Despite the generally positive reactions of the students, it should be kept in mind that the lecture was not an integral part of the curricula and that only a subset of students elected to participate in this e-learning program. Therefore, their opinion might not reflect the opinion of all students. We may have selected the most capable students, those who have enough leisure time to participate in this extracurricular teaching offer. They may be more interested in computer techniques and, therefore, more curious about trying e-learning. Nevertheless, the evaluation of the students’ experience is valuable in gathering experience with e-learning in pharmacy. Their feedback will aid in developing other e-learning lectures in the future, which will be part of the regular curriculum and will be mandatory for all students. Modern pedagogic concepts emphasize the value of self-directed learning compared to externally controlled learning [19]. E-learning and computer-based learning represent a first step towards more self-directed learning. A striking difference between e-learning lectures and traditional teaching is the independence from space and time that e-learning provides. This was one of the aspects of e-learning the students rated favorably in the questionnaire.

Pharmacy programs are characterized by a great amount of facts the students must learn. Therefore, self-directed learning has been traditionally rather rare. In educational science, three major learning theories are discussed: (1) behavioristic didactics, (2) cognitive science, which represent externally controlled modes of learning and (3) constructivistic didactics, which tries to foster active student thinking by providing optimal learning environments [20,21,22,23,24,25,26,27]. Although all three didactical concepts are applicable to e-learning, many educational scientists value constructivistic ones as most adequate.

As recently reviewed, e-learning emerged as new field in pharmacy and pharmacology [8]. Our e-learning lecture series on cancer biology and pharmacology was a start-up project to gather experience about the feasibility of e-learning in pharmacy. The students’ positive reception will be an encouragement to implement further e-learning offers in pharmacy programs. In addition to developing further e-learning lessons and modules, an electronic resource center related to the topics of the e-learning program is currently in preparation.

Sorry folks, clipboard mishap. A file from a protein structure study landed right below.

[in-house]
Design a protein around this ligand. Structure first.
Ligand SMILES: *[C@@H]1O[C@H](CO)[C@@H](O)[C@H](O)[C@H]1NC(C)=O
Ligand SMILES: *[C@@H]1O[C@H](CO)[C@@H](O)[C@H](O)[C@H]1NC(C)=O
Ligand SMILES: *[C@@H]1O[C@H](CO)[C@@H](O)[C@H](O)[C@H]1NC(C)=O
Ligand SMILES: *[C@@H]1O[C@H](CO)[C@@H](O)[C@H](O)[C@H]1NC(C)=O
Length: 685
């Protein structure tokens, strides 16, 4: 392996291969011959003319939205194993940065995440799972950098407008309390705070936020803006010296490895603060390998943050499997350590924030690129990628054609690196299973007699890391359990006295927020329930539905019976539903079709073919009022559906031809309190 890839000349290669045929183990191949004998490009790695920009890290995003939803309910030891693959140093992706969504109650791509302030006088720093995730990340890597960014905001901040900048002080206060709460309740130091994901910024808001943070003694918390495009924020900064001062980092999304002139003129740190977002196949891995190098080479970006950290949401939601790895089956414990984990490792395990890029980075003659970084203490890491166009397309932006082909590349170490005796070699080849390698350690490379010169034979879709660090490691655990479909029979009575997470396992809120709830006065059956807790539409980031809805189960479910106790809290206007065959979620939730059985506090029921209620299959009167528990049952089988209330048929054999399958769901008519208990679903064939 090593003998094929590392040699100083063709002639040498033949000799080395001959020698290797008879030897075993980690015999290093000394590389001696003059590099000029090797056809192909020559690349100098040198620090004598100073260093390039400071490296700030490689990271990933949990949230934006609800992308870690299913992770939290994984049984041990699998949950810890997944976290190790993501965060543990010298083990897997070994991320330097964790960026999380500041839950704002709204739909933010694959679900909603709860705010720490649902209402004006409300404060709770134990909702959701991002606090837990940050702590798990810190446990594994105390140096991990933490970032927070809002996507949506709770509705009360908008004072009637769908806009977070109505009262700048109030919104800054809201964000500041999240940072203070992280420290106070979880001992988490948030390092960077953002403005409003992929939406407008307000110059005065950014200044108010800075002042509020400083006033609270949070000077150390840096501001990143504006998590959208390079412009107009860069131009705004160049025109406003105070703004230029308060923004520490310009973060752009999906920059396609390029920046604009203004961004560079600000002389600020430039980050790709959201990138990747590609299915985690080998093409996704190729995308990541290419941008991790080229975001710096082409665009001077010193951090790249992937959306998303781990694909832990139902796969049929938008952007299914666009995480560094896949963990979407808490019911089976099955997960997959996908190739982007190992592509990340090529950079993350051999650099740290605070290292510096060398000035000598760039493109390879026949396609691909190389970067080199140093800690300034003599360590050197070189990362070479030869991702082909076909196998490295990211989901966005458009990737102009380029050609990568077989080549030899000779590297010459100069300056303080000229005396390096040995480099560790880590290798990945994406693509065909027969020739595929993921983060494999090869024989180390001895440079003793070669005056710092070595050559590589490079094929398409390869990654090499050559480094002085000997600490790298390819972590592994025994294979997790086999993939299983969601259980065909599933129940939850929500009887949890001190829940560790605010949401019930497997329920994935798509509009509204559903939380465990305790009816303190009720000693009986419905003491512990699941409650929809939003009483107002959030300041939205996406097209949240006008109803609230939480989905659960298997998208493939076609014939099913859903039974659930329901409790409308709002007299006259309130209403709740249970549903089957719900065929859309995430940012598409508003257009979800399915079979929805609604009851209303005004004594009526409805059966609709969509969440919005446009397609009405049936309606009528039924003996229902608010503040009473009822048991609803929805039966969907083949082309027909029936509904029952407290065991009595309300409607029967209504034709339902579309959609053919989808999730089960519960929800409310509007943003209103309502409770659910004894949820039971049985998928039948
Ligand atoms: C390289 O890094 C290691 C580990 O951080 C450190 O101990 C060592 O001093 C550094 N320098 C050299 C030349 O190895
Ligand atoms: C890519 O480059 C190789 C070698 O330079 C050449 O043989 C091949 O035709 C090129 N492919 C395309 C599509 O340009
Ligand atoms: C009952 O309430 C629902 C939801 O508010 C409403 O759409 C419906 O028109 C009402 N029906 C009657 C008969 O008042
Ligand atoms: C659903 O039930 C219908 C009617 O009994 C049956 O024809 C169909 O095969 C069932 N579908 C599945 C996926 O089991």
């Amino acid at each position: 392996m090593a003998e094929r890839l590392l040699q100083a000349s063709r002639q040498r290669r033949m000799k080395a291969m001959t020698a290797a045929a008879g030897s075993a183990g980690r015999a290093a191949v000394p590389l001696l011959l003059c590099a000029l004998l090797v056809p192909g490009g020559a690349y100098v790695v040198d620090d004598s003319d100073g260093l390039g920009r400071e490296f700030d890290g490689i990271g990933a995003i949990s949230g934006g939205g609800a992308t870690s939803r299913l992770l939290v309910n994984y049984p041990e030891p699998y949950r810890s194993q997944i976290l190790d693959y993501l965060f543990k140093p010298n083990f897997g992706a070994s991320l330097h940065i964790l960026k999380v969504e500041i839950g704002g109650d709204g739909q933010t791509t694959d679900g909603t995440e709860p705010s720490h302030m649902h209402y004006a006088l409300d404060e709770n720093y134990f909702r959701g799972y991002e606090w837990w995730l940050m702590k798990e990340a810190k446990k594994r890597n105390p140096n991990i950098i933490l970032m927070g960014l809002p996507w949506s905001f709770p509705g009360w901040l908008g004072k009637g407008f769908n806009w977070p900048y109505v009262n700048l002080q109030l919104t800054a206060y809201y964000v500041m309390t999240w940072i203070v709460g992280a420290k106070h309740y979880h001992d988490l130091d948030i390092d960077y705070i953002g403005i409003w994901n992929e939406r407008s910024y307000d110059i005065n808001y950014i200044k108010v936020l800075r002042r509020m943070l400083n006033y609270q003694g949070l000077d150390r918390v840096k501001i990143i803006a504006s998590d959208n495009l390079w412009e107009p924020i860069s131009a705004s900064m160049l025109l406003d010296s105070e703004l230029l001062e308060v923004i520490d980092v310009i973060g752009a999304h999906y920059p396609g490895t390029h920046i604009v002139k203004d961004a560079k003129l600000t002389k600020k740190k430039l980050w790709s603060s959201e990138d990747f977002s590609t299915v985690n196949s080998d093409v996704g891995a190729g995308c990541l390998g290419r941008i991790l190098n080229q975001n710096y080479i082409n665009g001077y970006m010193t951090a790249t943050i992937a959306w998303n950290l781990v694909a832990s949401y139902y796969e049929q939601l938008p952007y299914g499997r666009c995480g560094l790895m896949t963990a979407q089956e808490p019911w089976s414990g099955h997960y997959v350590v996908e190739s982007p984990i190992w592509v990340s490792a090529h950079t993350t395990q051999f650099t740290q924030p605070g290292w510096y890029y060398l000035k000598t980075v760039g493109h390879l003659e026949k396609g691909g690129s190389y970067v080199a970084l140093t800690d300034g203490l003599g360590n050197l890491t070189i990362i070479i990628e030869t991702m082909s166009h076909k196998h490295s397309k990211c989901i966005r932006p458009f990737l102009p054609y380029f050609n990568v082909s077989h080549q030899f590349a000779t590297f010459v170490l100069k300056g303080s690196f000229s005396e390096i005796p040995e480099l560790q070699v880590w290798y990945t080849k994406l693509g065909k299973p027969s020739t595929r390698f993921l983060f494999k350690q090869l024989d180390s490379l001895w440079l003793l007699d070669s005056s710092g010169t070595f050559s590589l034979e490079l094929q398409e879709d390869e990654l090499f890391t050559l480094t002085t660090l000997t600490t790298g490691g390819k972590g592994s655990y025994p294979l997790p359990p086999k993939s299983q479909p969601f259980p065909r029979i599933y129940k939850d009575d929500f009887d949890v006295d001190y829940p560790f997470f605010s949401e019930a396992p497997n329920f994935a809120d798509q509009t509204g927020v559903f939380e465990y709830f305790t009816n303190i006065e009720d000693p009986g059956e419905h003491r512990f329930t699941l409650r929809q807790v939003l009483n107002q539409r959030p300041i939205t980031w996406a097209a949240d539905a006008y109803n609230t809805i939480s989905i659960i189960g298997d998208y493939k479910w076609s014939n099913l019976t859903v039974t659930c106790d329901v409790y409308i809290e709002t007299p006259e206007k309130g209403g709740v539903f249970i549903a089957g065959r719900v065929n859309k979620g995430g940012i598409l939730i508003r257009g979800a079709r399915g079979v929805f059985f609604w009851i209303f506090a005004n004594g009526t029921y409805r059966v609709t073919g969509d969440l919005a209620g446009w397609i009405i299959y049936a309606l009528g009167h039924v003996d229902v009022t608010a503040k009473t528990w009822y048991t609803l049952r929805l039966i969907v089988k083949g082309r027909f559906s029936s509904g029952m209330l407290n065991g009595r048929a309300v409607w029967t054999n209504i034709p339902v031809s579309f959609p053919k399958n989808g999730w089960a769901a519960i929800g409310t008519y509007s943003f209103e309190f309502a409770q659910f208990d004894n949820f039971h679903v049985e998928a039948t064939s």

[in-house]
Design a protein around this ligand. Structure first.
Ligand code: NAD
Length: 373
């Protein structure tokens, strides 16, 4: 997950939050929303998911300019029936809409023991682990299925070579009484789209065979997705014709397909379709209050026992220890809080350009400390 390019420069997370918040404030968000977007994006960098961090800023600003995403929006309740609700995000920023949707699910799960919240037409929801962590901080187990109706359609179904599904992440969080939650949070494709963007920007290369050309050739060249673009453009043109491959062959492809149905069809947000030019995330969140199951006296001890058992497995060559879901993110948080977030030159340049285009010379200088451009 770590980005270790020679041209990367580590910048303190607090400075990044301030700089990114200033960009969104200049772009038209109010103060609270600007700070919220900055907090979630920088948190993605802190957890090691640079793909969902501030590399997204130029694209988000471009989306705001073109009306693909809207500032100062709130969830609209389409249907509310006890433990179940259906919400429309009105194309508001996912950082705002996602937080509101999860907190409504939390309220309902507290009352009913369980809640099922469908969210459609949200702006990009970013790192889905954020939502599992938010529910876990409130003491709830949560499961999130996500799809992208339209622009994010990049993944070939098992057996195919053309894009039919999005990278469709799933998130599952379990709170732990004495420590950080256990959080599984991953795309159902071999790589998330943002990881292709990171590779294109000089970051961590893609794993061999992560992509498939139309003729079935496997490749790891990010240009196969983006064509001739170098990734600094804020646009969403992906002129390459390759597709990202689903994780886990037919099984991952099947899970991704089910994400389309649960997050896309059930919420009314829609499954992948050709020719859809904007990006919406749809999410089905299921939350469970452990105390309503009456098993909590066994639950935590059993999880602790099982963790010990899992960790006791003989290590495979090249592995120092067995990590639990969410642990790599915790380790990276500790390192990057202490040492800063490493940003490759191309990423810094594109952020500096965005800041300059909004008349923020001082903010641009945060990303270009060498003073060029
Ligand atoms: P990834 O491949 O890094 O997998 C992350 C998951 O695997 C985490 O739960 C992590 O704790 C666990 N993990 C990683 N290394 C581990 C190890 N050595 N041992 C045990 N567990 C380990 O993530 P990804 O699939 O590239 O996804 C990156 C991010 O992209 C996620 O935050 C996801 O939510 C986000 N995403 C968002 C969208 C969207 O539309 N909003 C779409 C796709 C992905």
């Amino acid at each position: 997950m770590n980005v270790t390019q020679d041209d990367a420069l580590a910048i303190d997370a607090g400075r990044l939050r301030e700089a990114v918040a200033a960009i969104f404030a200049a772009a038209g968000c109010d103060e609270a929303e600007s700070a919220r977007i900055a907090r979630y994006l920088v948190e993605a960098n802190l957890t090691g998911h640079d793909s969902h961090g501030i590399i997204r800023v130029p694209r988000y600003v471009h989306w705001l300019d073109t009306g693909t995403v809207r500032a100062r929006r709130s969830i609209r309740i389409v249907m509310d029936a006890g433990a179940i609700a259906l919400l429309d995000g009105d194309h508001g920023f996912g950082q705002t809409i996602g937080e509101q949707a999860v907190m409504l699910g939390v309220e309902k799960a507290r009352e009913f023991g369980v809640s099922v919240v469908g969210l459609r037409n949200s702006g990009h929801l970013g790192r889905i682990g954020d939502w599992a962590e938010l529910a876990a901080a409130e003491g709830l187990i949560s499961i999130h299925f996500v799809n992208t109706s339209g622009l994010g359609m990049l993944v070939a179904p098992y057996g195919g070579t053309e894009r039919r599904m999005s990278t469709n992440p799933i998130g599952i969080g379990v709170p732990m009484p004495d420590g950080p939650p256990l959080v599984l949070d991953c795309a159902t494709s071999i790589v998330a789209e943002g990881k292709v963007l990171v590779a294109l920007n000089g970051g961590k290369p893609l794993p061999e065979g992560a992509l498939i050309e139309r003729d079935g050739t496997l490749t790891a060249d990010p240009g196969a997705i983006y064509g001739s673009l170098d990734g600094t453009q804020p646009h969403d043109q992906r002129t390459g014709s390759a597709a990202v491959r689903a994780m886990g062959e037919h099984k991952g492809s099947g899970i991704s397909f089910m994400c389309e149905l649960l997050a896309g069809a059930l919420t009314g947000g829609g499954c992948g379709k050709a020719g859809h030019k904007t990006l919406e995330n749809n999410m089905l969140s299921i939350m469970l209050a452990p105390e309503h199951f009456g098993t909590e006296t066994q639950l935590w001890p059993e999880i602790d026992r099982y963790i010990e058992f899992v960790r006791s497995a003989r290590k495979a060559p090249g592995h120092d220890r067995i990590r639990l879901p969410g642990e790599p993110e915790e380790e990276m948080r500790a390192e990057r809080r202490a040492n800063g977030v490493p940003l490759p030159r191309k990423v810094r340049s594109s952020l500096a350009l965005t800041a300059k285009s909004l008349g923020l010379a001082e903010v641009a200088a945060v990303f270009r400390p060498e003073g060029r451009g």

4. Conclusions and Perspectives

In conclusion, students liked the possibility of self-controlled learning, and e-learning sparked their interest as novel educational method. In addition, they felt quite comfortable listening to the e-learning lectures despite the interdisciplinary mixture of molecular biological, pharmacological and medical aspects of cancer biology and pharmacology. This lecture series was the majority of the students’ first e-learning experience, and their impressions were generally positive. To the best of our knowledge, this is the only e-learning lecture series on cancer biology and pharmacology in Germany. The students would not only recommend e-learning to other students, but would also like to continue with e-learning themselves. Remarkably, the majority of students would like to have more e-learning offers in their present curricula in the form of mixed traditional learning and e-learning (“blended learning”), although they recognized the importance of face-to-face contact with teachers and students (phases of presence). As a consequence, many students would consider e-learning for further and continuing education after graduation.

Nevertheless, there remains potential for improvement in the future. The interactive space for students is not fully developed in the present form of the e-learning program. Recently we began building interactive teams to write review articles on specific topics related to the e-learning lectures. Here, the students use topics from the e-learning lectures as a starting point and deepen their knowledge by collecting more information from the scientific literature. As an indication of success, it should be noted that several of the students’ review articles have been published in scientific journals [28,29,30,31,32,33,34,35]. This kind of teamwork should be strengthened in the future.

Acknowledgements

I thank Karen Duffy (Cornell University, Ithaca, NY, USA) for reading the manuscript.